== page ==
What Good Is Gratitude When the World Is Tearing Apart?

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About Kelly Flanagan

Kelly is a licensed clinical psychologist practicing in Wheaton, IL. He writes and blogs regularly about life, love, and community at his blog, UnTangled. Kelly is married, has three children, and enjoys learning from them how to be a kid again. You can find him on FacebookTwitter, and Google+.


  1. OirishM says:

    I’m currently working through some issues and gratitude has definitely come up in the groups I’m attending.

    But I’m also aware that I have a problem with constantly comparing myself to others. I can’t seem to figure out how to do the former without falling into the pitfall of the latter.

    Erm…..yeah, “help”, I guess. ;)

    • Olrish, I trust the people who know you most intimately will be able to give you the most sound advice. What you say resonates with me, though. Whenever I try to base my gratitude on comparison, it’s transient, because before you know it, you end up on the wrong side of the comparison. It seems like gratitude must be rooted in something deeper than circumstance and comparison, but in a rich sense of appreciation of life in general, all the good and the bad, and the awareness that we’ve done nothing to earn any of it and the only thing we can do to ruin it is to not attend to it deeply.

      • OirishM says:

        Appreciate the reply, Kelly. I’m not against making these changes to my mental habits, I simply don’t know what to substitute them with. Not engaging in them feels like it leaves a vacuum in my mind. It’s just a bit of a weird feeling.

        Optimistic, though – early days for me in terms of dealing with these problems, and I trust I’ll be making progress on that front soon :)

  2. Nothing Man says:

    Great post, Doc. Was not aware of “gratitude journals, or how to “practice gratitude.” In my line of work (firefighting), the times I thought I’d breathed my last breath sure made me grateful for all the minutes, hours and days that I’ve been given afterwards. Everything becomes brighter, sweeter, more beautiful (even a sh–hole tenement in the South Bronx) when you’re able to walk away alive when you didn’t think you would make it. I’d like to call it “greater spiritual acuity.”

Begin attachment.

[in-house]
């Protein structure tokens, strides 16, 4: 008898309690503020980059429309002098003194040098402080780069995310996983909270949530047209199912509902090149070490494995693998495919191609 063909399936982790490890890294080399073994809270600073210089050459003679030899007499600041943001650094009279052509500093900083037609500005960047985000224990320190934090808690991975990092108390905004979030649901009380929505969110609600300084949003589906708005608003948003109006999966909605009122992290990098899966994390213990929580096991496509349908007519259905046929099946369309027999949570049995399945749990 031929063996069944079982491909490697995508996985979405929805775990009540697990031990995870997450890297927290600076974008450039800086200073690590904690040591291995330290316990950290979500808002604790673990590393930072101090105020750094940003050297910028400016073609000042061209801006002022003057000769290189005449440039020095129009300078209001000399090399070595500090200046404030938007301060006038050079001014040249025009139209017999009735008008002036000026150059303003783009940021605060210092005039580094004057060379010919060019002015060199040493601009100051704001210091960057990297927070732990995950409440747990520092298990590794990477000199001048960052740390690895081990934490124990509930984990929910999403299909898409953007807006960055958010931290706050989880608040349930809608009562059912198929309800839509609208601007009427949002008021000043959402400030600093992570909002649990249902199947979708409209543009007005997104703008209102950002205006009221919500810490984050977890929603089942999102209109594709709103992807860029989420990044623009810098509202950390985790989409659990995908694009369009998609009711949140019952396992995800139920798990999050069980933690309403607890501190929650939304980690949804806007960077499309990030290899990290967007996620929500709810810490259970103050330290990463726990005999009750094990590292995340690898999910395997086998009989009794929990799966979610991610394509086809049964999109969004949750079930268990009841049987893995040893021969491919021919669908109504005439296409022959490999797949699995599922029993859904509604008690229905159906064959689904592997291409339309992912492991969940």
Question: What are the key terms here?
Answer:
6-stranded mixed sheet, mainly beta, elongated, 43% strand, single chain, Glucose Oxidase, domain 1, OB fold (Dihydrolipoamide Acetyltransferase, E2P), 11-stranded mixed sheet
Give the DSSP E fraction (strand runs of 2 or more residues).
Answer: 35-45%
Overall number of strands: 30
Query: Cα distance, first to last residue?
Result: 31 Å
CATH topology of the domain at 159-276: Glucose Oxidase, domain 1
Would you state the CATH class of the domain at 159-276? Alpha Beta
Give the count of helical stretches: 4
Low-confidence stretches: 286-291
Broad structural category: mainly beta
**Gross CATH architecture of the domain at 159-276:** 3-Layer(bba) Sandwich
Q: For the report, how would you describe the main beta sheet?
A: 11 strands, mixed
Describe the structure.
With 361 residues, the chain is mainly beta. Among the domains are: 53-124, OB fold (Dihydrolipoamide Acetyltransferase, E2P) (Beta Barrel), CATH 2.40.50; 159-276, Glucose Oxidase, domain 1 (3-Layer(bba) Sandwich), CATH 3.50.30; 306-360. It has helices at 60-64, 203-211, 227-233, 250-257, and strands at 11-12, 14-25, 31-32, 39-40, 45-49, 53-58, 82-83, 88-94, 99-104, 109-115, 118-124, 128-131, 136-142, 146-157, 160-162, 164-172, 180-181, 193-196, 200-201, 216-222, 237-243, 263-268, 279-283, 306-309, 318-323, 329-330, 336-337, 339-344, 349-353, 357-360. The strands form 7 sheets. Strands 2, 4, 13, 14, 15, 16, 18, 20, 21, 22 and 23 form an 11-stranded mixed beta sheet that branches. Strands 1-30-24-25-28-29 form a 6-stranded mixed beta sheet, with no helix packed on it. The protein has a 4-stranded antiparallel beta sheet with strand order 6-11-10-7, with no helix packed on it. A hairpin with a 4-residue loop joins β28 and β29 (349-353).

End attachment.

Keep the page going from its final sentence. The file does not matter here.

These experiences compound. You get up in the morning, reach to the heavens (even if it’s raining out) and say, “This is the day the Lord has made, let us rejoice and be glad.” After a while, as the experiences add up, all the worldly things that seem so important are petty, silly, insignificant. You end up with a lot greater perspective on what is REALLY important in life. As one of the guys in my house likes to say, “every day above ground is a good day.” How could it not be?

    In my Christian tradition, the clergymen teach us that when you suffer a setback, you double count your blessings. That’s real gratitude, borne of its mother – humility. Thanks again for providing the proper perspective on gratitude.

    • First of all, thank you for your service and sacrifice! And second, you make an important point. In mindfulness and gratitude traditions there is a saying, “Remember, if you are breathing, there is more right with you than wrong with you.” It’s an acknowledgment of the preciousness of life itself, despite its circumstances. That becomes more vividly clear after near catastrophes like you describe, but the practice of gratitude is intended to help this reality take root in us at all times. Blessings to you on your journey toward that kind of awareness!

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